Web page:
• A common “heat wave” temperature/humidity situation in South Florida is 95 degrees and 70 percent humidity. This yields a heat index of 123 degrees in https://www.wpc.ncep.noaa.gov/html/heatindex.shtml

      How reliable is this? A common summer temperature in Death Valley is 123 degrees with essentially no humidity (10%).

      Without taking special precautions, people who are outdoors in Death Valley in the summer will suffer serious medical problems and/or death.

      So the NYT number is reliable if you also believe that people who venture outdoors run a serious risk of death nearly every day in the summer anywhere in South Florida.

    • I regularly work in the desert outside Las Vegas for a few days, often in summer. 120/10 desert and 95/70 Florida or Midwest days yield similar outdoor working conditions, although the 120/10 desert is less taxing IMHO.

      I’ll note I have yet to die in either, so I’d say you may be right to question the NYT’s reliability.

    • @CalSK, when you die, we all will eventually, hopefully, your death won’t flag as “climate change” related given that you work in the desert.

    • I have worked outside (changed tires on a truck using only mechanical aids and no power tools) in Southern Florida Everglades area in 95+/70+ and felt OK if not great. In Miami Beach I also regularly walked to / from parking spot for 2 miles and jogged/exercised on path near the beach in similar weather conditions and felt fine. I am rather overweight and do not particularly like hot/warm weather. I love skiing, ice fishing and outside exercise in freezing ( down to -4 Fahrenheit) air temperatures. Air temperature feel is subjective.

  5. Our thoughts and prayers are with you, Phil.

    On letting the kids choose, kids typically like sweet, salty and fried, all of which lead to all sorts of diseases later in life like diabetes. Maybe you or the misus should chose, assuming your preferences are better? They might be thankful when you are gone.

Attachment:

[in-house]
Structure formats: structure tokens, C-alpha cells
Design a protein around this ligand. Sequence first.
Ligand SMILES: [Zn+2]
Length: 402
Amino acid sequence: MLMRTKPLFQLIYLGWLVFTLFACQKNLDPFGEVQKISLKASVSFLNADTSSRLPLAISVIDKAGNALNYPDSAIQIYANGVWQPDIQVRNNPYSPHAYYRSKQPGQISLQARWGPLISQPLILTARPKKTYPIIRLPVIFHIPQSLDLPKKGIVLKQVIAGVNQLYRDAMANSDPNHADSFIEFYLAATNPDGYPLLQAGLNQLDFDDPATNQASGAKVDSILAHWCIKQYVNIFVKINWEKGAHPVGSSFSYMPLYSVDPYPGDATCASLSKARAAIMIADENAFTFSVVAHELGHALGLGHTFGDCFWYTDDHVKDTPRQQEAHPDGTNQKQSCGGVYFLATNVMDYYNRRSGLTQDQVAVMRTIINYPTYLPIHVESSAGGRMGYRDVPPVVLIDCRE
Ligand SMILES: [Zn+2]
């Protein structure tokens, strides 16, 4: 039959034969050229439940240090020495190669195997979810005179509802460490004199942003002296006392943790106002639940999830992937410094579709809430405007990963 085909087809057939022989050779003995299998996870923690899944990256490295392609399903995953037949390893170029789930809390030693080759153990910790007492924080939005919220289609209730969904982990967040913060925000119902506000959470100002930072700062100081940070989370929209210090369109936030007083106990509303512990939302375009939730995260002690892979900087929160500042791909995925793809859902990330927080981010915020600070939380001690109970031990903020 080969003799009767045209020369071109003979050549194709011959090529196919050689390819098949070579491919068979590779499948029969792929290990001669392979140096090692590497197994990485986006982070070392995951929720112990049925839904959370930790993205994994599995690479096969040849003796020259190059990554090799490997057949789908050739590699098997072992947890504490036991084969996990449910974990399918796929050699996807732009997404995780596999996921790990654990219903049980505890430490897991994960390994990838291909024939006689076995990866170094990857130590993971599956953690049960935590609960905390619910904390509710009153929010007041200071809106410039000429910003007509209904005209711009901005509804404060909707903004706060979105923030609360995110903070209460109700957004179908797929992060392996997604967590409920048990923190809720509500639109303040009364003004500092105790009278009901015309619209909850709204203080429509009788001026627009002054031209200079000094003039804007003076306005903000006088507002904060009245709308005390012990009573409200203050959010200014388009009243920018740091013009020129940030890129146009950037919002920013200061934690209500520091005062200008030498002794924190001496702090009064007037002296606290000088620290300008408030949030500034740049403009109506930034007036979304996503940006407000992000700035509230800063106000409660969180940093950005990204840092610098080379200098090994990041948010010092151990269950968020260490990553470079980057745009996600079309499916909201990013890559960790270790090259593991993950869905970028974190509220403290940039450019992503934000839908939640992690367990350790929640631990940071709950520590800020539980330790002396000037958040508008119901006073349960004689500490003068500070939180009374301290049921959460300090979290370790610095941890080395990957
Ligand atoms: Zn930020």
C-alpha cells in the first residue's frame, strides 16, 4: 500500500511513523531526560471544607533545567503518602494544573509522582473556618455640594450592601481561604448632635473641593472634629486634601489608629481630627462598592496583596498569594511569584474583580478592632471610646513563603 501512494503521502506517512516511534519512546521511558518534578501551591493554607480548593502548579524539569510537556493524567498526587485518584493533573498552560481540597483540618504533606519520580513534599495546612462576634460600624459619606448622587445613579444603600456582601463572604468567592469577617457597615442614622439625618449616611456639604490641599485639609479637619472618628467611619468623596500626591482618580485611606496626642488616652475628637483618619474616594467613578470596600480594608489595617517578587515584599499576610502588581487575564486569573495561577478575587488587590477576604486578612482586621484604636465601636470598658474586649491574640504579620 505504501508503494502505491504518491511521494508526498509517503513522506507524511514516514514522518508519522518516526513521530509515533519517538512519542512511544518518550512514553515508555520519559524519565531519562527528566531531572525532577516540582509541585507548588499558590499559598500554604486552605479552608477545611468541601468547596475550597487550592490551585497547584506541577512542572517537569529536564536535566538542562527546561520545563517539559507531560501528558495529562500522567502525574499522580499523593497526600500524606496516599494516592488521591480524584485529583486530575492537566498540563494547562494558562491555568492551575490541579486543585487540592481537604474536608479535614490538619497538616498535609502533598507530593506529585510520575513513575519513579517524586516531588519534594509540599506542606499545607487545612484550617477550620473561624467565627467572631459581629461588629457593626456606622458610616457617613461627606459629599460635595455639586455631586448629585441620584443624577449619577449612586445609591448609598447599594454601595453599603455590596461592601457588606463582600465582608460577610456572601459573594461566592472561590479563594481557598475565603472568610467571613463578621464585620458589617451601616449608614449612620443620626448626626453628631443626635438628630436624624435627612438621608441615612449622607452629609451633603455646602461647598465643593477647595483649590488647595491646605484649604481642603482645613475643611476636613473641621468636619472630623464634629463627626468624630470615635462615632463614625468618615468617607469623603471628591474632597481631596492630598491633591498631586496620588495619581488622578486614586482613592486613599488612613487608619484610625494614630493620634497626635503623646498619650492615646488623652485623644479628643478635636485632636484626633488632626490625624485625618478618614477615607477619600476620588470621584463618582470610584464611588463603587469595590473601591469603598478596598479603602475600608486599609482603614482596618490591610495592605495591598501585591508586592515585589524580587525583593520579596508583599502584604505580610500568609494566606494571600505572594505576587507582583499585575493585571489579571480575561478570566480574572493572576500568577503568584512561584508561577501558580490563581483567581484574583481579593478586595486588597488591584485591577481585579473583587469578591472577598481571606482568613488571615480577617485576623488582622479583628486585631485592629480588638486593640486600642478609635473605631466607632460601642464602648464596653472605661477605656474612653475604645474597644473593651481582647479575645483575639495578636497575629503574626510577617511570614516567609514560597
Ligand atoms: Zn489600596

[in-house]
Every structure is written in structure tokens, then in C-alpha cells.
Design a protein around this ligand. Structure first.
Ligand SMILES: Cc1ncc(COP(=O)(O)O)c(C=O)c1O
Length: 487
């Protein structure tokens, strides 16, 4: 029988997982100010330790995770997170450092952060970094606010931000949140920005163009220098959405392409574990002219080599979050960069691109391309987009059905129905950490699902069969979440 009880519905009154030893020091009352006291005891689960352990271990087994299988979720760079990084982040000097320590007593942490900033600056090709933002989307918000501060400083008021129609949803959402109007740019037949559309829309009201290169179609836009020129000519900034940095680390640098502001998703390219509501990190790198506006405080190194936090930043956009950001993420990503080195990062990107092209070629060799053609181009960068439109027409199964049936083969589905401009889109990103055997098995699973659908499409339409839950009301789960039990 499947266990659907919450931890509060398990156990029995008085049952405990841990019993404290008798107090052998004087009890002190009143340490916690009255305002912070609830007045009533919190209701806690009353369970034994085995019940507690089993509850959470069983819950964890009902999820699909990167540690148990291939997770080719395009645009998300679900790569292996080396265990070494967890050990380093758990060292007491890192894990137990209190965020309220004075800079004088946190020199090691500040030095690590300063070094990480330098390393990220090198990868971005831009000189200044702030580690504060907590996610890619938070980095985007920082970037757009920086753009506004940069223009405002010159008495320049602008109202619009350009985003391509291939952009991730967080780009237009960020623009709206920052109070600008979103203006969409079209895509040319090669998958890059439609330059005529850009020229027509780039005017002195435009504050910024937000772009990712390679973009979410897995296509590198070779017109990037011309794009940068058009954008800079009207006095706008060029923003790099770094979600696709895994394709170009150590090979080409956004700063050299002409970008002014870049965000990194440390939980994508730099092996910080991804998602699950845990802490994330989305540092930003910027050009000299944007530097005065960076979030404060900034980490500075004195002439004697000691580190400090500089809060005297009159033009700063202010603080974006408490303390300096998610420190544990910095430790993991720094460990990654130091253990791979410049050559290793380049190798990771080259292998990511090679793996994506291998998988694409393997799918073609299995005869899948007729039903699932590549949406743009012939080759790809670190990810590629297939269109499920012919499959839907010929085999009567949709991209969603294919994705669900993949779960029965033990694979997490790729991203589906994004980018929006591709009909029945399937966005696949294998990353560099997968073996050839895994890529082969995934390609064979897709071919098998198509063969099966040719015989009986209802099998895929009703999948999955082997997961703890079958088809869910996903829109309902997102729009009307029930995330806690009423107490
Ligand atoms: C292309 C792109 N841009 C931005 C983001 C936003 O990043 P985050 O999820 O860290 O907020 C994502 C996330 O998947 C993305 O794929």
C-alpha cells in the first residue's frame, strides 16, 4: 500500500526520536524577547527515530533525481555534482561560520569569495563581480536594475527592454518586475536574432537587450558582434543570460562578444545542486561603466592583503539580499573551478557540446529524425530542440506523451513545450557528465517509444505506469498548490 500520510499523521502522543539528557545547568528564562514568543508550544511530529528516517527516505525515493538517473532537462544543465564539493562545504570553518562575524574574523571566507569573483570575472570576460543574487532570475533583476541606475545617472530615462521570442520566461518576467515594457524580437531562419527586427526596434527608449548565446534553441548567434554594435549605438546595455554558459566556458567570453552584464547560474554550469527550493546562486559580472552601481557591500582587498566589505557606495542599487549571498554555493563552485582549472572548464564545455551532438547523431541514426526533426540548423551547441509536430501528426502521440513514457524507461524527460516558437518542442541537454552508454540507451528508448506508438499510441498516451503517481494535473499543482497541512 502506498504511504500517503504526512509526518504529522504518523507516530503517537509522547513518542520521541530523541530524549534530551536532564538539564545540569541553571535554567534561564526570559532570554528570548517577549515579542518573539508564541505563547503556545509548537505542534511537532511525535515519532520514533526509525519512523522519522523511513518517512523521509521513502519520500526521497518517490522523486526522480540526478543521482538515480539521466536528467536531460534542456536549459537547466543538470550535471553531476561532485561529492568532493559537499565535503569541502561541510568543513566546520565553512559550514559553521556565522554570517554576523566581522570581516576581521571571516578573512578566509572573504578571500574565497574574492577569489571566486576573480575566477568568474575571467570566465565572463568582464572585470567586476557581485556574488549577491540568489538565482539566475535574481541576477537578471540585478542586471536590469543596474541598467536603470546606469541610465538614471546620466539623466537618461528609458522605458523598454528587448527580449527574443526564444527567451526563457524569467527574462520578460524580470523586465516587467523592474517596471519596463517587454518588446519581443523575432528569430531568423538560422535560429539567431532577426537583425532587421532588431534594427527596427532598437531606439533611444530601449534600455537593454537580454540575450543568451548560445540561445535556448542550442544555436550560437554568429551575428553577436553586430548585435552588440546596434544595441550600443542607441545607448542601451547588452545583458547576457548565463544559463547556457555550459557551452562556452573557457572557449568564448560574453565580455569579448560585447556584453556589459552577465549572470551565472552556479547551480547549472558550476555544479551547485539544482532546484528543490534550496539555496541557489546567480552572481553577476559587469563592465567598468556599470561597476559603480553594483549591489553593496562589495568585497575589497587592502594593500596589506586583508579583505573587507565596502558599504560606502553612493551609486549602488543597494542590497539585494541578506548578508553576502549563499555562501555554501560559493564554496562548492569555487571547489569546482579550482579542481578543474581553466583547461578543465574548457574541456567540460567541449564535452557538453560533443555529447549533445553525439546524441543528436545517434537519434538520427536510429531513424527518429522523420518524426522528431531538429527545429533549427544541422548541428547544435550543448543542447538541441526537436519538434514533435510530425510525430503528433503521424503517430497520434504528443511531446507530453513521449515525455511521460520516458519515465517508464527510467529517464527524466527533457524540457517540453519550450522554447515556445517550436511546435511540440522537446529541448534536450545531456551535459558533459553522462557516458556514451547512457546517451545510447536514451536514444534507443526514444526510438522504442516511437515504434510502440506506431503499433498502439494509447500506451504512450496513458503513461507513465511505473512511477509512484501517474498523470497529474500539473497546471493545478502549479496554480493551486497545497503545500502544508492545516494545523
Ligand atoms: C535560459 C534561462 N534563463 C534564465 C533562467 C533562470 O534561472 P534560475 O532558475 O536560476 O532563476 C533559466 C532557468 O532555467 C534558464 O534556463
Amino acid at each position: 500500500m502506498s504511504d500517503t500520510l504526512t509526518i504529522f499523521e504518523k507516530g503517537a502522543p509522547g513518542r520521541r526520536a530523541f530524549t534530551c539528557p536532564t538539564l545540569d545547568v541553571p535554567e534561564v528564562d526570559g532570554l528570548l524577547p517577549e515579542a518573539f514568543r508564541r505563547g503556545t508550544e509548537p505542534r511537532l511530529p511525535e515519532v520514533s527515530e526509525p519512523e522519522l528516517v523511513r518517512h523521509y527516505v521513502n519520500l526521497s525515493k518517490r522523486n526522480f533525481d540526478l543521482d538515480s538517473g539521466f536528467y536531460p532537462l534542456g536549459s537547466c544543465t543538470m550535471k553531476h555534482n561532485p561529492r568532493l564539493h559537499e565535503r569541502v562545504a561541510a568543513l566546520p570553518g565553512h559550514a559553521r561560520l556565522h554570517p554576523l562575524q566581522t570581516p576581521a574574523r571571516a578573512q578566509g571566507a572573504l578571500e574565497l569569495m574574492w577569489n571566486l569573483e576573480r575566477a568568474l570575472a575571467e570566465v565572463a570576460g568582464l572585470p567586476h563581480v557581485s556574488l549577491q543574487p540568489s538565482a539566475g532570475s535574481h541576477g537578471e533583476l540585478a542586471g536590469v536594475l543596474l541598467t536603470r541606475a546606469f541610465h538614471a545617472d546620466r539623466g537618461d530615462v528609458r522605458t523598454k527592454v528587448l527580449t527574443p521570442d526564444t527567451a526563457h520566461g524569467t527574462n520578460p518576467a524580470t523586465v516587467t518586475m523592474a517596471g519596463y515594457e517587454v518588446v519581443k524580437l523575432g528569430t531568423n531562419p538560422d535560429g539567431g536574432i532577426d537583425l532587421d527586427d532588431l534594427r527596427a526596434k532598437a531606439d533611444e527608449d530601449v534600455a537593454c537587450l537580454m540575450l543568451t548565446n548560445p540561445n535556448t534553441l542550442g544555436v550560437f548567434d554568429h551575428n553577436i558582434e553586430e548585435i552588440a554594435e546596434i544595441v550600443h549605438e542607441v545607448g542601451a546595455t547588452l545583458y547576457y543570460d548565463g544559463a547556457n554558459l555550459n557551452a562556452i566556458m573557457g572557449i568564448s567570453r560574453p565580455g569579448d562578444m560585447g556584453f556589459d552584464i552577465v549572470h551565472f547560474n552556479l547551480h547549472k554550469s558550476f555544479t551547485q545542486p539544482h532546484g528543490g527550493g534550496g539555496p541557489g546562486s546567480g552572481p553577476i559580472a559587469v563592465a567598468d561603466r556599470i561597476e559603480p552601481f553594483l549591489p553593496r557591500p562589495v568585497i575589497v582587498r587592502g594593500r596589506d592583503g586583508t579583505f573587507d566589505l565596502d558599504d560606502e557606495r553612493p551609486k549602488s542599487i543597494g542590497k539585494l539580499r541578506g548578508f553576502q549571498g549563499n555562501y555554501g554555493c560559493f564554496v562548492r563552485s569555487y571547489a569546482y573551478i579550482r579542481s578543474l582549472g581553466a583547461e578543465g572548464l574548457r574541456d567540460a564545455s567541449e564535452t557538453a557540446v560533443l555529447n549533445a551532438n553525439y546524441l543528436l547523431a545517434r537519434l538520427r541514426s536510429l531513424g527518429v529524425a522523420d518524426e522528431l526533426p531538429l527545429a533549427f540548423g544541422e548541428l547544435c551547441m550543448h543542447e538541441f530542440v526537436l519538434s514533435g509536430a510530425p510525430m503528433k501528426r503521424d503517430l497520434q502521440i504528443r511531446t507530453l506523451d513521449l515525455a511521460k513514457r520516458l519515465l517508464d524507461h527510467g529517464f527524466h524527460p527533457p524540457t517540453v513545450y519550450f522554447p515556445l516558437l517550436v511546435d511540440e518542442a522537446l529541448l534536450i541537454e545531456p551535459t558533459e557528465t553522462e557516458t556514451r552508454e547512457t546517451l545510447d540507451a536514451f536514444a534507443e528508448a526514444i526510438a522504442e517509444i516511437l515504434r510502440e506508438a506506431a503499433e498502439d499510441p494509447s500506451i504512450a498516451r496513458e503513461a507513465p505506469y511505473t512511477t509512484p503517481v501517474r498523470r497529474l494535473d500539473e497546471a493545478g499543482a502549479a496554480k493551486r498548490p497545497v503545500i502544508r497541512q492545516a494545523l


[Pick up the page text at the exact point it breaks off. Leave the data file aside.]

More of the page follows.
• jdc: Thanks for the parenting/life advice. I’m confused as to what prompted it, however. The 7-year-old’s restaurant choice for lunch today was Panera. Of the places in https://www.altontowncenter.com/ what would you have chosen instead that would have been more healthful? (We were constrained as to location because of the need to visit Home Depot and we had only about 30 minutes allocated to lunch, though perhaps we could have stretched it to 45.)

      [Unlike the neighbors with the true dream kitchens, we seldom go out to any restaurant for any meal. The kids might eat 1-3 meals per week out of the house. They’re entitled to “free” (taxpayer-funded) breakfast and lunch at the public school, but they prefer to each food from home instead.]

  6. Here is a map of wet bulb temperatures across the US, with 35° C considered to be the upper limit of survivability for six hours of exposure:


    The Miami area appears to have a daily forecasted high today of 29°; Palm Springs, CA’s is 33°.

    Temperatures hot enough to kill people are a real thing, even if NYTimes is exaggerating; e.g. over 60,000 people reportedly died from heat in Europe last year:


    I suspect the magnitude of the problem won’t fully hit most people until their own friends and/or family are affected.